Scene & Heard

Trio brings eclectic mix of country, rock

Band member Heath Whitney forms one-third of The Canyoneers’ trio. Richard O’Neill/Photo provided

COTTAGE GROVE – You could say that the Canyoneers are the ultimate family band, even though their subject matter – like ”Death in the Country,” a tragic song about Hank Williams Sr. dying at the age of 29 – isn’t always for the squeamish type.
The three-piece band is made up of husband and wife Ben and Mary Beth James on guitar and Heath Whitney on bass.
Ben and Mary Beth have two children, ages 2 and 4, at home in Veneta. Whitney has three children, the youngest of which is 14.
”It’s hard, but we draw a lot of inspiration from (raising the kids),” Ben said after playing Saturday night, Feb. 1, at the Axe & Fiddle. ”We want to be family-friendly.”
”No one has delusions of grandeur; we’re not expecting to go out on the road,” Whitney said. ”It would be nice to play a festival now and then, but otherwise, we just play a few local spots.”
Whitney was a crowd favorite because he has – in their words – poked and prodded many of them … because he’s a licensed acupuncturist in Eugene, where he has practiced since 2011.
Ben and Mary Beth have noteworthy careers, too. She’s a psychotherapist and he works in IT for a media company in Eugene.
Together, they cook up this eclectic mix of outlaw country and desert rock that had everyone clapping their hands and tapping, if not stomping, their feet.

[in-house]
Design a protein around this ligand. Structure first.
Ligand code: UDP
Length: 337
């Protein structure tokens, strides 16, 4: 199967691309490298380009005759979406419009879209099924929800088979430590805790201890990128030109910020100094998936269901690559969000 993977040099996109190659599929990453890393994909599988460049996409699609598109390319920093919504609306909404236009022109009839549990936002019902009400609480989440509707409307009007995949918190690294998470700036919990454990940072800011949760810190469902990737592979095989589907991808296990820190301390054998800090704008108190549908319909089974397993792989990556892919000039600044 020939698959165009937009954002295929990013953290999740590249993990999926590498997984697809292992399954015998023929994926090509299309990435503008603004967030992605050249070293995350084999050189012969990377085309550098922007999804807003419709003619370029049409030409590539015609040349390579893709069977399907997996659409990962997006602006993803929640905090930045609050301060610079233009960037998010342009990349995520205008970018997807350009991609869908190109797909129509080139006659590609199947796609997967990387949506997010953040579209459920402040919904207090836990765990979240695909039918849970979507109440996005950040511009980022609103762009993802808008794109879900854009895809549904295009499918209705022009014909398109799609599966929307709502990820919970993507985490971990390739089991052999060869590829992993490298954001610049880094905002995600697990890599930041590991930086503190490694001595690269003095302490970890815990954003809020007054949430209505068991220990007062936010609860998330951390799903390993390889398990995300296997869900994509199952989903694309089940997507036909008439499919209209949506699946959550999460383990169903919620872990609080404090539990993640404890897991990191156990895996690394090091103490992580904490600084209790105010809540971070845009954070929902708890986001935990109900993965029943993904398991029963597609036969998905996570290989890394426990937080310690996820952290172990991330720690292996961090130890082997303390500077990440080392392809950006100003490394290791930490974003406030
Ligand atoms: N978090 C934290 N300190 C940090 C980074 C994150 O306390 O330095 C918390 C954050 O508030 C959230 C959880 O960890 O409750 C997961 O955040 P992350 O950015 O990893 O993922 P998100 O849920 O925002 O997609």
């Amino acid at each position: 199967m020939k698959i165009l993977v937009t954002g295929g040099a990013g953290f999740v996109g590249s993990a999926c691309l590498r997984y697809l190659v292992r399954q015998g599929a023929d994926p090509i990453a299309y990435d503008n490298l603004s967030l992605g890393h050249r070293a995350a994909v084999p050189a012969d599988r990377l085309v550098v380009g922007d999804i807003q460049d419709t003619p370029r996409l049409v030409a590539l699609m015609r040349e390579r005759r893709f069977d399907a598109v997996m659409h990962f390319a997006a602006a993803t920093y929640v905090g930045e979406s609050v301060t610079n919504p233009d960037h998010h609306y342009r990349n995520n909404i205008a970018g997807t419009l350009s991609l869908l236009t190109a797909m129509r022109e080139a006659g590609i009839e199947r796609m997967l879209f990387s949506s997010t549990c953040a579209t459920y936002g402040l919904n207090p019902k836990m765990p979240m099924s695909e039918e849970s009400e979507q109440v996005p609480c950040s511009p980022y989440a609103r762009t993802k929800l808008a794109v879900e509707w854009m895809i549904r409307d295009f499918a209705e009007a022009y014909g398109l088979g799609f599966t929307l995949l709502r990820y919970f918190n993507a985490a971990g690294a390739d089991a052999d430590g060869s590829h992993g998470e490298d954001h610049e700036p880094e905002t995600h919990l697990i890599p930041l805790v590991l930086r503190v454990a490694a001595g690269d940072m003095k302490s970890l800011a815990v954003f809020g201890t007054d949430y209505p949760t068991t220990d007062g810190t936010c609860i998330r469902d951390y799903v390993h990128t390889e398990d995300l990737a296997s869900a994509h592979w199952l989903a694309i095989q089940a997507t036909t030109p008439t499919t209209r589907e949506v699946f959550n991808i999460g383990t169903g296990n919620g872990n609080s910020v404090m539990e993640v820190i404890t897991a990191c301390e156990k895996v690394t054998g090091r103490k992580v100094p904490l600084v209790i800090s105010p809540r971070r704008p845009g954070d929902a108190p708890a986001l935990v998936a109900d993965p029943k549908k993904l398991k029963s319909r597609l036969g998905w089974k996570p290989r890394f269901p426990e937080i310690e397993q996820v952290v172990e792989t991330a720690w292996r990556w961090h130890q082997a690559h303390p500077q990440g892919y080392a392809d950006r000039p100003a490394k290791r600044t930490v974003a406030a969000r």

”That’s our music,” Ben James said when asked to describe the soul-clap genre that has been used to describe the Canyoneers. ”Boot-scootin’, dancing … enjoy the rhythm and the harmonies,” he said. ”Many are based in spiritual songs somewhere.”
Some of their music had that old-time revival feeling to it. Sitting still while listening was not an option.
”When I joined the group a few years ago there was a lot of pot-smoking and partying,” Whitney said. ”But now we’re all into the dharma and we all do meditation every day.”
The band has stayed busy. They released a four-song demo on Jan. 28. They previously did two rock albums and one EP, and are currently working on several new songs, including the aforementioned ”Death in the Country.”
”Hank had spina bifida and hired this kid to drive him to a show in Ohio,” Ben said. ”Then he died in the backseat of the car. It’s a really sad story.”
Hank Sr.’s legacy and his music will live on.
And now, thanks to the Canyoneers, a song about his controversial death can be added to the archives.



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